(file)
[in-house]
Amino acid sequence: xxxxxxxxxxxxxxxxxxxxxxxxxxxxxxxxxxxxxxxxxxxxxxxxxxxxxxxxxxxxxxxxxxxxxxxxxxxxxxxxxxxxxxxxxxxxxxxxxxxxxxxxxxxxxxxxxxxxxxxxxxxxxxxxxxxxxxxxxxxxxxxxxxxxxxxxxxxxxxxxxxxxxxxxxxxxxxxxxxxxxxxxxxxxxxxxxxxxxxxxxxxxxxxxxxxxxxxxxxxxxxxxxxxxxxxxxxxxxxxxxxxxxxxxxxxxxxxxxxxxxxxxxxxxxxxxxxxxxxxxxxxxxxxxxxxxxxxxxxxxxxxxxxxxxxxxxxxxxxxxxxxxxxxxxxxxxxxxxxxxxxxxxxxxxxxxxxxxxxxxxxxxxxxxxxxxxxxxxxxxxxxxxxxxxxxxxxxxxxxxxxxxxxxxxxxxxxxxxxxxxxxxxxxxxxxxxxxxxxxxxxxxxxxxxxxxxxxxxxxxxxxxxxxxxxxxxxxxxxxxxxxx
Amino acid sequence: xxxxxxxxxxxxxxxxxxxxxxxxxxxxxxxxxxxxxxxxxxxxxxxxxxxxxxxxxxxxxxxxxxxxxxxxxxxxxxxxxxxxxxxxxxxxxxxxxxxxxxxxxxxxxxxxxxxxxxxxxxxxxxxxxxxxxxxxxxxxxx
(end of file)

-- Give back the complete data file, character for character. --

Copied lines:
[in-house]
Amino acid sequence: xxxxxxxxxxxxxxxxxxxxxxxxxxxxxxxxxxxxxxxxxxxxxxxxxxxxxxxxxxxxxxxxxxxxxxxxxxxxxxxxxxxxxxxxxxxxxxxxxxxxxxxxxxxxxxxxxxxxxxxxxxxxxxxxxxxxxxxxxxxxxxxxxxxxxxxxxxxxxxxxxxxxxxxxxxxxxxxxxxxxxxxxxxxxxxxxxxxxxxxxxxxxxxxxxxxxxxxxxxxxxxxxxxxxxxxxxxxxxxxxxxxxxxxxxxxxxxxxxxxxxxxxxxxxxxxxxxxxxxxxxxxxxxxxxxxxxxxxxxxxxxxxxxxxxxxxxxxxxxxxxxxxxxxxxxxxxxxxxxxxxxxxxxxxxxxxxxxxxxxxxxxxxxxxxxxxxxxxxxxxxxxxxxxxxxxxxxxxxxxxxxxxxxxxxxxxxxxxxxxxxxxxxxxxxxxxxxxxxxxxxxxxxxxxxxxxxxxxxxxxxxxxxxxxxxxxxxxxxxxxxxxx
Amino acid sequence: xxxxxxxxxxxxxxxxxxxxxxxxxxxxxxxxxxxxxxxxxxxxxxxxxxxxxxxxxxxxxxxxxxxxxxxxxxxxxxxxxxxxxxxxxxxxxxxxxxxxxxxxxxxxxxxxxxxxxxxxxxxxxxxxxxxxxxxxxxxxxx